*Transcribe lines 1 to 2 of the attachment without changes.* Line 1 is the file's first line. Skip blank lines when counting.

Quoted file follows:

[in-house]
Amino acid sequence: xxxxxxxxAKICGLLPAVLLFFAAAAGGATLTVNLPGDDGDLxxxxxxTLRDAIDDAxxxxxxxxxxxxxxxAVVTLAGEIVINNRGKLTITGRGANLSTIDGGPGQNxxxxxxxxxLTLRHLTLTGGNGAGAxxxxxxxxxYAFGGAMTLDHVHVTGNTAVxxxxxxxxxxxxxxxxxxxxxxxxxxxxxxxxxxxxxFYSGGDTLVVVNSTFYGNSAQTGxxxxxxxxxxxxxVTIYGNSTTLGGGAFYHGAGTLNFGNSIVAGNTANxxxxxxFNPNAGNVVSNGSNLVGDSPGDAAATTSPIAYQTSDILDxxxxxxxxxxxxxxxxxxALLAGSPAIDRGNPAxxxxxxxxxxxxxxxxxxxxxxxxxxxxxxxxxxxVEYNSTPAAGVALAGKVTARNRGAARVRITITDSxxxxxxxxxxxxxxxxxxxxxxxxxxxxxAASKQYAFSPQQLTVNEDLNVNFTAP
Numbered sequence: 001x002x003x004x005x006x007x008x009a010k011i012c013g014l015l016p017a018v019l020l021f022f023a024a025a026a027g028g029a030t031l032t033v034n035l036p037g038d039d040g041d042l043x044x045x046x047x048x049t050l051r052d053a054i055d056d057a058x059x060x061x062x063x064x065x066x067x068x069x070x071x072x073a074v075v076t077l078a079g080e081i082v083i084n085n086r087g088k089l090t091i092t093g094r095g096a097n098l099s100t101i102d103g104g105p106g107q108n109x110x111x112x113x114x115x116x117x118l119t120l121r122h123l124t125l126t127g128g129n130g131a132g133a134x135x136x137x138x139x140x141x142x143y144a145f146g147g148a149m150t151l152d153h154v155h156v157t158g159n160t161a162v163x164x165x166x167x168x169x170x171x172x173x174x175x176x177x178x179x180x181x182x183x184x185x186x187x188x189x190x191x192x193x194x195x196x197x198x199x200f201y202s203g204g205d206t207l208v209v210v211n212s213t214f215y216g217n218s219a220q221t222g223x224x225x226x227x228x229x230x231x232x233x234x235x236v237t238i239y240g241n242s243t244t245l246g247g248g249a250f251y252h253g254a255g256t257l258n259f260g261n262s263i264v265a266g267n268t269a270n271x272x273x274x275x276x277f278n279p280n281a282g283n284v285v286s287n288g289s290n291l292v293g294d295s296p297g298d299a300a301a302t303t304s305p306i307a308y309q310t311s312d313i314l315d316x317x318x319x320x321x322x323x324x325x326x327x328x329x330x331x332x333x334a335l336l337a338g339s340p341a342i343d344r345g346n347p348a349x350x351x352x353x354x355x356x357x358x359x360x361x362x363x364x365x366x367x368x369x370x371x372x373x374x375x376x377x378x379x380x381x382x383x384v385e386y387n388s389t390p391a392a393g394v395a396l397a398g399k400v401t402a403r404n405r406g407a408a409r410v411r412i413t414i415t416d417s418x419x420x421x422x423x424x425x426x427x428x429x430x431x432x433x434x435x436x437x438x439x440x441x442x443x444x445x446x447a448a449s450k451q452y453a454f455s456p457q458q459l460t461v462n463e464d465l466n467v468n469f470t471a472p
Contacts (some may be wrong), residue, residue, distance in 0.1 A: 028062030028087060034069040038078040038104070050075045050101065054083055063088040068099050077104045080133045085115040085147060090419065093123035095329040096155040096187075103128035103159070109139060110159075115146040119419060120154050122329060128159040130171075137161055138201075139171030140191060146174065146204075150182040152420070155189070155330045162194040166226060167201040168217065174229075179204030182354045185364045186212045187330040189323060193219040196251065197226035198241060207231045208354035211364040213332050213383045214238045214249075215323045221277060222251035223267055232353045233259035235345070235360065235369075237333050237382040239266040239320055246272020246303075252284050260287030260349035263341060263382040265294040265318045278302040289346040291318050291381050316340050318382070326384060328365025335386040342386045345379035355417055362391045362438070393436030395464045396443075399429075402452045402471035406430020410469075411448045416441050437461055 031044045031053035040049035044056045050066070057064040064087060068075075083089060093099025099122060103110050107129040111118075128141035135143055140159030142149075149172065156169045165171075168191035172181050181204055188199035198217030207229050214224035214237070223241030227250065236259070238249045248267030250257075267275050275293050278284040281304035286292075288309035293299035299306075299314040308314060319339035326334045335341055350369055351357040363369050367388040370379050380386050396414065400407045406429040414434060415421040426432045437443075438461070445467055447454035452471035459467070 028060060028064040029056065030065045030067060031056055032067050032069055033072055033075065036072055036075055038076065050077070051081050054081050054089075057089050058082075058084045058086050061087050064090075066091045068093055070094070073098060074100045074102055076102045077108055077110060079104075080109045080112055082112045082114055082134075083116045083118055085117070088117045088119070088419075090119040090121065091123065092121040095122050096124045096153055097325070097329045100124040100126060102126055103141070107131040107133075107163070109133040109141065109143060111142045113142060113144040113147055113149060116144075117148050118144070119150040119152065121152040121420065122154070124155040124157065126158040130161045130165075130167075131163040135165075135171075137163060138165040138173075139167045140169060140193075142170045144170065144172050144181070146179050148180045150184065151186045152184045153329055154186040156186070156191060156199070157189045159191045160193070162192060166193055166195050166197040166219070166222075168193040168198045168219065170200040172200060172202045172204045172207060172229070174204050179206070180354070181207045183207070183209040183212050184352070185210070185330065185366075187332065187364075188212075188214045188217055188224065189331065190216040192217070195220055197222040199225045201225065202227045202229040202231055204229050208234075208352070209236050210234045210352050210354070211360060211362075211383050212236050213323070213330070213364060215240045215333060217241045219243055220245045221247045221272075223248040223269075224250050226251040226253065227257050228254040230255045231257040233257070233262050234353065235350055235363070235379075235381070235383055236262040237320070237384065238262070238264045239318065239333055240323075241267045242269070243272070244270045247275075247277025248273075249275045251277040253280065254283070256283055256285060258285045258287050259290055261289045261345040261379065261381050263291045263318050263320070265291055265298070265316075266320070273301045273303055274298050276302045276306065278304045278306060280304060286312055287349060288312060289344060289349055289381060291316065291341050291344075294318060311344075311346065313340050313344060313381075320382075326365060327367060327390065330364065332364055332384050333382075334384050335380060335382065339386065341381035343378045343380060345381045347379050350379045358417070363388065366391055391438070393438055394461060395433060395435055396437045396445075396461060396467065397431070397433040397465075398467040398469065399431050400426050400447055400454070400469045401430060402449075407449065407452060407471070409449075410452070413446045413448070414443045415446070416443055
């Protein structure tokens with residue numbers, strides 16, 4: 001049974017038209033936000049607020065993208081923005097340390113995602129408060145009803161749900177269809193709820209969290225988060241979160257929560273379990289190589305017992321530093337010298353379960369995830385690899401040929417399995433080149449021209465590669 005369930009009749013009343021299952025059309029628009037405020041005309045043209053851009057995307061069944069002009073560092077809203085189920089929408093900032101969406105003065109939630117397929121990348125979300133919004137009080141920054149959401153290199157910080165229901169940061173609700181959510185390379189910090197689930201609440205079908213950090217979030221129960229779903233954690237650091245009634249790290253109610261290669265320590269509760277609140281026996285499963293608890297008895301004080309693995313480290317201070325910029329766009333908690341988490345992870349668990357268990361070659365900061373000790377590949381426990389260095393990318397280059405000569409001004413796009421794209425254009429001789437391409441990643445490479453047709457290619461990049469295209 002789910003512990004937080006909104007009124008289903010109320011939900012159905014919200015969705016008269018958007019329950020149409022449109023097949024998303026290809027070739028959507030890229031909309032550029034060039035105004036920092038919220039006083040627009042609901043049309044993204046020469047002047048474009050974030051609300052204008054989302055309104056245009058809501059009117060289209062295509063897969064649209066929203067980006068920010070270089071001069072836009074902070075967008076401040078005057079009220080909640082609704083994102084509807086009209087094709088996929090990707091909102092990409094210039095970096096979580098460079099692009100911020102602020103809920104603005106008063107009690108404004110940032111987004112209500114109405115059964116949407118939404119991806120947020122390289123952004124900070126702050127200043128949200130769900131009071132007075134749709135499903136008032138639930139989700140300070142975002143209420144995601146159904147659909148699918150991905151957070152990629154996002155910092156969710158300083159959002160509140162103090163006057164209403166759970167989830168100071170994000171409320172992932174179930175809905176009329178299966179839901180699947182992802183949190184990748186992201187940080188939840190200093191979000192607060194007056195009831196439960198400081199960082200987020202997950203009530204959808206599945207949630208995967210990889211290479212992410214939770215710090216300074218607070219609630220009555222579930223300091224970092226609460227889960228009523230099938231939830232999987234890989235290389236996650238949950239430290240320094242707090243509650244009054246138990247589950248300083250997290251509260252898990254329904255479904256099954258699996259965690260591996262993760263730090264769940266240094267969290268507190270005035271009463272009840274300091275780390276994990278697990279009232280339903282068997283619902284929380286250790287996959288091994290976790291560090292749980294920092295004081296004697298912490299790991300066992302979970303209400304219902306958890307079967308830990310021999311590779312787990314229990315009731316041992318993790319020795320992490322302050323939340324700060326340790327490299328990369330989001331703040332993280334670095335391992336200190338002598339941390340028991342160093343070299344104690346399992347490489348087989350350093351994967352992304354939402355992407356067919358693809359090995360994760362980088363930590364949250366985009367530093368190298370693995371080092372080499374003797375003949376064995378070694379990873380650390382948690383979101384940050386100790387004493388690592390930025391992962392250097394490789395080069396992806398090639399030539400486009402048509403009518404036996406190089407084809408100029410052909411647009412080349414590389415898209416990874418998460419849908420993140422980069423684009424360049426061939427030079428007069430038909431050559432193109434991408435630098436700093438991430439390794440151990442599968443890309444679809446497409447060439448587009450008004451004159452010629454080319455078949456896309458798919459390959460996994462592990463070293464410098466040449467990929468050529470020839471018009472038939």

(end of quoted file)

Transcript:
[in-house]
Amino acid sequence: xxxxxxxxAKICGLLPAVLLFFAAAAGGATLTVNLPGDDGDLxxxxxxTLRDAIDDAxxxxxxxxxxxxxxxAVVTLAGEIVINNRGKLTITGRGANLSTIDGGPGQNxxxxxxxxxLTLRHLTLTGGNGAGAxxxxxxxxxYAFGGAMTLDHVHVTGNTAVxxxxxxxxxxxxxxxxxxxxxxxxxxxxxxxxxxxxxFYSGGDTLVVVNSTFYGNSAQTGxxxxxxxxxxxxxVTIYGNSTTLGGGAFYHGAGTLNFGNSIVAGNTANxxxxxxFNPNAGNVVSNGSNLVGDSPGDAAATTSPIAYQTSDILDxxxxxxxxxxxxxxxxxxALLAGSPAIDRGNPAxxxxxxxxxxxxxxxxxxxxxxxxxxxxxxxxxxxVEYNSTPAAGVALAGKVTARNRGAARVRITITDSxxxxxxxxxxxxxxxxxxxxxxxxxxxxxAASKQYAFSPQQLTVNEDLNVNFTAP